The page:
I’ve been playing around with trying to master Manicotti for years but I made one the other night with a different twist of flavors blended and even went for a little more healthy flare.  My audience didn’t even know that it was definitely a “better for you” dish and I didn’t give up flavors for sure.  If anything, I experimented with some new flavors.  As with all Italian food, it tastes better the 2nd day when everything has had time to marinate together.

`GyozaGirl

Ingredients:

  • 1 pkg. chicken italian sausage
  • 1/2 sweet onion
  • 1 pkg. (10 ounces) frozen chopped spinach, thawed, well drained, squeezed dry or you can use fresh spinach
  • Fresh garlic to taste
  • 1 container (15 ounces) part-skim ricotta cheese
  • ½ cup (2 ounces) grated Parmesan cheese
  • 1 egg, lightly beaten
  • ¼ teaspoon salt
  • ¼ teaspoon ground black pepper
  • Italian seasonings like basil, oregano (optional) to taste
  • Green onion
  • 1 jar (24-26 ounces) marinara sauce or your favorite spaghetti sauce, divided
  • 1 pkg. (8 ounces) manicotti shells or large sea shells, cooked, drained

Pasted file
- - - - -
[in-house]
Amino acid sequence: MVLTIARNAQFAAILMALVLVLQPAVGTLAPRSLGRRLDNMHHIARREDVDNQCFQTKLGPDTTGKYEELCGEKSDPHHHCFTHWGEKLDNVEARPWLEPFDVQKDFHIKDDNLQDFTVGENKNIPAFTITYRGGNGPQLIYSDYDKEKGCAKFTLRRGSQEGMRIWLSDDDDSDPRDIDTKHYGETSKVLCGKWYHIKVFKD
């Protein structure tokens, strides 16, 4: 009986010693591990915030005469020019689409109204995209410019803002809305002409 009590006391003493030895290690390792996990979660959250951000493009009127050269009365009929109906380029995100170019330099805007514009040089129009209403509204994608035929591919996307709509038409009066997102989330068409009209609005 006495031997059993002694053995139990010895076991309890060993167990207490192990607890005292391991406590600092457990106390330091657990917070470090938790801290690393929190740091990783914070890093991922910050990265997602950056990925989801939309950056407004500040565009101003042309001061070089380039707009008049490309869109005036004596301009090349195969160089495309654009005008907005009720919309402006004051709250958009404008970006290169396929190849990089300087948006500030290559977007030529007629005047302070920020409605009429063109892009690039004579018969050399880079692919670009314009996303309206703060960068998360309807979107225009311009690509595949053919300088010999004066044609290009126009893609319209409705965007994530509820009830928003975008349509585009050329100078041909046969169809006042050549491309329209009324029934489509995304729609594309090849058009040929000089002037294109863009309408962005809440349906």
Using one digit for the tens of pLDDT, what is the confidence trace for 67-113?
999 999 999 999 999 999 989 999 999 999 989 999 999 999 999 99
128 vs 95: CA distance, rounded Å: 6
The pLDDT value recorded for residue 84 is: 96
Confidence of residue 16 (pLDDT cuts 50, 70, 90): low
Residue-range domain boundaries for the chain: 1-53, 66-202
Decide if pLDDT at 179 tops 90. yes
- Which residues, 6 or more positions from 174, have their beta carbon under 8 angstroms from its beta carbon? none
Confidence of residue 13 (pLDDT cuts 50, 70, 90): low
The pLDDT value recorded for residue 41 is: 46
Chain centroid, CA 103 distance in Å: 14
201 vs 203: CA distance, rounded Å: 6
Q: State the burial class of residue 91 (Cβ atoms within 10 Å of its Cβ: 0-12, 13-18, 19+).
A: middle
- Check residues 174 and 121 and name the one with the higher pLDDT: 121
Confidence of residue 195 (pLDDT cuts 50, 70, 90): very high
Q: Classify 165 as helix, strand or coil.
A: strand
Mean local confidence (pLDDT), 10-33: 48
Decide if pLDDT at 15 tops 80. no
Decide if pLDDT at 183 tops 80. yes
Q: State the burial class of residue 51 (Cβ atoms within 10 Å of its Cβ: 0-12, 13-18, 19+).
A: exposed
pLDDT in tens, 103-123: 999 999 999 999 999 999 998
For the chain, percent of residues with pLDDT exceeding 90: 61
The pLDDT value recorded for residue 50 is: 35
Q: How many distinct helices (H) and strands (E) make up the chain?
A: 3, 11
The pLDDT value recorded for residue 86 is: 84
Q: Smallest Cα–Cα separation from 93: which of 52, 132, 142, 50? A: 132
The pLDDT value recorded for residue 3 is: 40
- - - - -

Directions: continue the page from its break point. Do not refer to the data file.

• 2 cups shredded mozzarella cheese
Cook manicotti noodles to package direction.  I usually add a teaspoon of  olive oil in the boiling water so the noodles won’t stick.  Boil for about 7 mins.  Drain and lay out on foil so they don’t stick to each other.
Pour half the Marinara sauce in the baking pan you are going to use.  Some store bought sauces could use a pinch of sugar to even out the flavors
Fry up the chicken sausage, onion and garlic and drain if any fat from pan.
Add thawed squeezed dry spinach, ricotta cheese and continue to cook on low heat for a couple of minutes and turn off heat.
Add parmesan cheese to mixed and 1/2 cup of the mozzerella cheese, salt, pepper, green onion, and Italian seasonings.
Add egg and mix thoroughly.
Pre-heat oven to 350-375